The envelope arrived via Purolator.
“This letter will serve to notify you of your suspension, with pay, for up to 20 days pending the results of an investigation being conducted by the ministry,” the notice read.
That was about a year ago and, since then, Edward*, a correctional officer in a large Ontario jail, has been off work.
“I’ve not had an allegation hearing or even been told why I’m suspended,” Edward told CityNews.
The only progress on the investigation, as far as he can tell, is a week after his suspension, management cleared out his locker and logged the contents.
Every month, he gets the same form letter telling him his suspension will last up to 20 days and that he has to be available Monday to Friday, for potential meetings with investigators or the superintendent. Nobody has called.
“They haven’t said why I’m off, which has made some staff and inmates assume the worst,” he said. “It’s poisoned my work environment.”
In a statement, the Ministry of Community Safety and Correctional Services did not say why some investigations take months, but spokesman Brent Ross said decisions to suspend staff are made on a case-by-case basis.
“Any decision to suspend a ministry staff member pending the outcome of a workplace investigation is not taken lightly,” he said.
As of Aug. 31, the ministry said, 34 officers had been suspended. In January, that number was 49.
In the group are 14 officers from the Central East Correctional Centre (CECC) in Lindsay. They’ve been suspended with pay since December 2016, when Soleiman Faqiri died in custody. Some of the officers weren’t directly involved in the incident, but were simply in the area.
All of the officers are collecting their full pay of about $70,000 a year, as they await the outcome of an investigation. In that jail alone, taxpayers have spent about $816,000 on wages for correctional officers that haven’t stepped foot inside the jail in weeks or months.
“It’s ridiculous,” said Chad Oldfield, a longtime correctional officer and member of OPSEU’s Management Employee Relations Committee (MERC) for corrections.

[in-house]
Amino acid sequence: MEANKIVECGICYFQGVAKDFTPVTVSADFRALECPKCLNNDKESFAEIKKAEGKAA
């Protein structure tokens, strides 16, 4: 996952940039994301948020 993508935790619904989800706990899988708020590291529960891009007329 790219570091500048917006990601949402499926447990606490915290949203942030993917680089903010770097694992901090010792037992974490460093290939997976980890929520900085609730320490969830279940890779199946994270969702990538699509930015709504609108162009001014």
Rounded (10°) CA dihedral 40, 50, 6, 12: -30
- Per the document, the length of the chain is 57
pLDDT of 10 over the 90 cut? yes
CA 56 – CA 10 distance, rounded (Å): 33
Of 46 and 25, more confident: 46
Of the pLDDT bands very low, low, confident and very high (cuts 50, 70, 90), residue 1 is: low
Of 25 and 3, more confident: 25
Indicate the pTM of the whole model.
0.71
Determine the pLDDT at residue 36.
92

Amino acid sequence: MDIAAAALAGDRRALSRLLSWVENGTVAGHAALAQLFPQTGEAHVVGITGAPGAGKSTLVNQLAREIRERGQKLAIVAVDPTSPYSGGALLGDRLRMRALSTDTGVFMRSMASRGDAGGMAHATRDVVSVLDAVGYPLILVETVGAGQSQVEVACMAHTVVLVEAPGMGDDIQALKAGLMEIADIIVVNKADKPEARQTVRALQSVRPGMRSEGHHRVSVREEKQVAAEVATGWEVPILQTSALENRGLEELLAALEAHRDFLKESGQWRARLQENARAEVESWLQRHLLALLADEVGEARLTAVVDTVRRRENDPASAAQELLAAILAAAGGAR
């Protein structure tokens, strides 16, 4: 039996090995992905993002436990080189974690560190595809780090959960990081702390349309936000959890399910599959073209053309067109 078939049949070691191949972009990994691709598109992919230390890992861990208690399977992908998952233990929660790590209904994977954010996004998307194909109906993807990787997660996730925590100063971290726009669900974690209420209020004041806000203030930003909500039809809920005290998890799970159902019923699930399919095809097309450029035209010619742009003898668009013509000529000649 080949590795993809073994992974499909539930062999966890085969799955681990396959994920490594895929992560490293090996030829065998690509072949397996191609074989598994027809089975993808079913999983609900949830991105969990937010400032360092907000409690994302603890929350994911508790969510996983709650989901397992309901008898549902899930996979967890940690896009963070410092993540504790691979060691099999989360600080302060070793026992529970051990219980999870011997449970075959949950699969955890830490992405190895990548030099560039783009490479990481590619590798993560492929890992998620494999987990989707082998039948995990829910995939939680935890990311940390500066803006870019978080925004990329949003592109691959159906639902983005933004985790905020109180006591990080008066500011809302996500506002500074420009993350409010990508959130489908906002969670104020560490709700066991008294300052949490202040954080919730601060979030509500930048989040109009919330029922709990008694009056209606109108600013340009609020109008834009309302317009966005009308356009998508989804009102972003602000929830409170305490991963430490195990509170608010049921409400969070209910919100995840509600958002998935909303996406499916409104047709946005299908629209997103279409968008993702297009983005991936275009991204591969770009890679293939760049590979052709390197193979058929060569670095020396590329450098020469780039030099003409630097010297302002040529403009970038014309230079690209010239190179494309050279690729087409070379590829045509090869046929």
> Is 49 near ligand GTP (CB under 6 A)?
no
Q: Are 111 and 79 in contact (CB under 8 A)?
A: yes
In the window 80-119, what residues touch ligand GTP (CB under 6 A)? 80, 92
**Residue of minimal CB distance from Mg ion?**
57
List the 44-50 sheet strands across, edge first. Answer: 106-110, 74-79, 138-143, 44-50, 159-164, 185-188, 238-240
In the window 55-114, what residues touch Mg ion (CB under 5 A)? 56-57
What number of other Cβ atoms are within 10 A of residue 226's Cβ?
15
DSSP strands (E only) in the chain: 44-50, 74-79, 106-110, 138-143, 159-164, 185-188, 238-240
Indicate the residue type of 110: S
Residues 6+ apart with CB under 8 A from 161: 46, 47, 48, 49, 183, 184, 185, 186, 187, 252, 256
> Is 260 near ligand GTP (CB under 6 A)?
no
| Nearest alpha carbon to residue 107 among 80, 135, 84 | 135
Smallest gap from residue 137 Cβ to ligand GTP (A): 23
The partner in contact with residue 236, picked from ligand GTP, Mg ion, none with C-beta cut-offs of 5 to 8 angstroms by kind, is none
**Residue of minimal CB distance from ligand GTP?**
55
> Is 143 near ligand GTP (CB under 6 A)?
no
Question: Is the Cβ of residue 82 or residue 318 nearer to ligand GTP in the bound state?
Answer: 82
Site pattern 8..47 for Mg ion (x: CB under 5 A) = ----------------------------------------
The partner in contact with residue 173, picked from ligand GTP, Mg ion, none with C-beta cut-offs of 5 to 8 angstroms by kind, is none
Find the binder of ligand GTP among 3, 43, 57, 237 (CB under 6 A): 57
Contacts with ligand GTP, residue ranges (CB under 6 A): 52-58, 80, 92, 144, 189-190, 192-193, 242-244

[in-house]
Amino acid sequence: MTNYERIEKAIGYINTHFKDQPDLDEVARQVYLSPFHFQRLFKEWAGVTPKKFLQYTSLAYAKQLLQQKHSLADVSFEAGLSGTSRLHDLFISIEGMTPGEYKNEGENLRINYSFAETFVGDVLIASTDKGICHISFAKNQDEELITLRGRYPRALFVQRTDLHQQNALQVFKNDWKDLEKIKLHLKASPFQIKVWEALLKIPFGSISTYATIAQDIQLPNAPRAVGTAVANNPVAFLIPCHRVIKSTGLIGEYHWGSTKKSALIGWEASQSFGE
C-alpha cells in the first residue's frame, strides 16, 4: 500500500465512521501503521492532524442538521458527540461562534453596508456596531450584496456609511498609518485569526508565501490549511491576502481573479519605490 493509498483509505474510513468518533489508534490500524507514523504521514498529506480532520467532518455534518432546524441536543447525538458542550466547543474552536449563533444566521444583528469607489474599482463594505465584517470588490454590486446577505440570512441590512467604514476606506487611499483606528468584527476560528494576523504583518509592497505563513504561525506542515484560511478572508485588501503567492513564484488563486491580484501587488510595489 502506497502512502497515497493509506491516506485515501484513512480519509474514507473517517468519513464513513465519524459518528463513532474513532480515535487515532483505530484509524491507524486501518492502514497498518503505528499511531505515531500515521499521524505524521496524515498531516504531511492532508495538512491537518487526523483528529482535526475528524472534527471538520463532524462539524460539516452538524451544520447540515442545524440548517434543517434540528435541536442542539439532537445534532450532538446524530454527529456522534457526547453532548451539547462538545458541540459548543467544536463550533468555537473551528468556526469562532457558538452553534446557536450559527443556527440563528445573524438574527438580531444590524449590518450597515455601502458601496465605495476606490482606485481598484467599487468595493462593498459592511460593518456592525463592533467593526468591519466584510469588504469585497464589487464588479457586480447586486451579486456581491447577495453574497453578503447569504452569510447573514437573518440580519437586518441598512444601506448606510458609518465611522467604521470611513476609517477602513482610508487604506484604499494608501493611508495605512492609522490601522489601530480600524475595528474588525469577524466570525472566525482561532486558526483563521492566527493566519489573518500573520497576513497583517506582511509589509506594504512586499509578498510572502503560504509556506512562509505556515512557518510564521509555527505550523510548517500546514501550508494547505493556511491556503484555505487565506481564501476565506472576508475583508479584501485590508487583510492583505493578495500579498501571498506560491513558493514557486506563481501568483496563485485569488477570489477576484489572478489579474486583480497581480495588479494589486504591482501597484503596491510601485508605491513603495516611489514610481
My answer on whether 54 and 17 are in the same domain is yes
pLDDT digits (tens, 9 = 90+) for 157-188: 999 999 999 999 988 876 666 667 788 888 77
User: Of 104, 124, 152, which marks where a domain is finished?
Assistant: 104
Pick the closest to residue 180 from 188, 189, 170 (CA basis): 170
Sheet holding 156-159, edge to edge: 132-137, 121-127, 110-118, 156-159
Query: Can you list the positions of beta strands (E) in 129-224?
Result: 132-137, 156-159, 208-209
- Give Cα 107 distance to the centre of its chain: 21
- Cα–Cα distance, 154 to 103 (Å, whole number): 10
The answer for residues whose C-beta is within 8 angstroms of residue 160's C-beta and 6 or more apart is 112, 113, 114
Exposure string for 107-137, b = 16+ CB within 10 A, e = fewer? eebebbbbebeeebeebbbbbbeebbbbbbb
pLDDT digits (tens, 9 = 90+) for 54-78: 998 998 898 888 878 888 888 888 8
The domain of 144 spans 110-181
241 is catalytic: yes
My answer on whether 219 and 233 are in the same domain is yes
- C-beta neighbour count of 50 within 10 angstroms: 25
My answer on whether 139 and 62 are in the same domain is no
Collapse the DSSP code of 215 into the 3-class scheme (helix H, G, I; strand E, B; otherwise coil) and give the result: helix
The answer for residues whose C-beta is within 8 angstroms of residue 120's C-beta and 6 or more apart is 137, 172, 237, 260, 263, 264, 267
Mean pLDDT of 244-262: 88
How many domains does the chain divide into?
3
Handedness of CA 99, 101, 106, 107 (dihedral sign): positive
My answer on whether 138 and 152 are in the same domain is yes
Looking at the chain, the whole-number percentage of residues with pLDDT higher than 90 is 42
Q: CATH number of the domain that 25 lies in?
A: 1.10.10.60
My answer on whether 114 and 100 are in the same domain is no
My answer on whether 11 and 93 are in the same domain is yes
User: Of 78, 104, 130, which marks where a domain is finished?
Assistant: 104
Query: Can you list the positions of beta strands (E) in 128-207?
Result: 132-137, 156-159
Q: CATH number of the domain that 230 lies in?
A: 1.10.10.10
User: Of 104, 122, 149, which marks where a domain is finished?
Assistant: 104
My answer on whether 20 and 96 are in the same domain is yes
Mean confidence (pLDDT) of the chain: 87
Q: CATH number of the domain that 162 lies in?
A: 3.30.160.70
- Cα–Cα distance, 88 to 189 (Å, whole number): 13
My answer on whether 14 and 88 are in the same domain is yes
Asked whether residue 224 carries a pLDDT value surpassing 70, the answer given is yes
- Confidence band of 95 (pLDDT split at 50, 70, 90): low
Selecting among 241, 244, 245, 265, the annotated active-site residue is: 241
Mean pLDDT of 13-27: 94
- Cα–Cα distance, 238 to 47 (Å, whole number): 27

“The union has been fighting for a long time and activists before us have long said that we need third-party oversight,” Oldfield said.
He’d like to see a process similar to Ontario’s Special Investigations Unit, which investigates police officers accused of wrongdoing among other things.
Instead, Ontario’s corrections minister assigns an internal investigator to look at cases, including use of force, searches, subordination and inmate deaths. The Correctional Services Oversight & Investigations office (CSOI) also oversees use of force and death investigations.
“The way it’s set up right now, we have the ministry investigating the ministry and it’s taking far too long,” Oldfield said.
According to the Sapers report, a long-awaited independent review of Ontario’s corrections system, when the CSOI investigates in-custody deaths, much of the investigation “centres on whether individual staff members followed policies and procedures” rather than the sequence of events leading to deaths.
The report, which was released Tuesday, does not directly address investigations into staff, but does recommend improvements to the way death investigations are handled in general.
“Why would they ask somebody to review this when they don’t even care?” asked Peter, a veteran correctional officer who has been on multiple month-long “administrative leaves” over the past few years, but has never been disciplined.
Meanwhile, taxpayers are paying millions of dollars in wages for officers to sit at home, while other officers are paid to replace them. Officers say morale among staff, and for the officers involved, takes a beating.
Even domestic life has been difficult for some of those off work.
“I’ve got marital stress and financial stress because of this,” Edward said.
While officers aren’t being formally disciplined, administrative leave is still punishing, said MERC vice-chair Chris Jackel.
Typically, disciplinary suspensions last a few days or weeks. Officers can be suspended for a myriad of reasons, including excessive use of force, subordination or even use of social media. Jackel was facing possible suspension last summer when he tweeted about the living conditions of a mentally-ill inmate.
He said that even though officers are being paid their base salaries to stay at home, they lose out on hundreds of dollars of shift premiums and overtime opportunities every month.
“We recognize that suspending a staff member can have a social and economic impact on the employee and their family,” said ministry spokesman Ross, adding officers have access to employee and family assistance while they’re off.
Monte Vieselmeyer, chair of OPSEU’s Corrections Caucus said at one point this year, there was close to 90 officers off on suspension.
“There were about 40 or 50 from Toronto South (Detention Centre),” he explained. “We worked hard to get most of them back to work though.”
An April protest outside the CSOI offices in Mississauga may have helped too. Statistics obtained by CityNews show that as of Tuesday, there only are seven suspended correctional officers at Toronto South, two of whom have been off for a year.
*The officers’ names have been changed to protect their identities.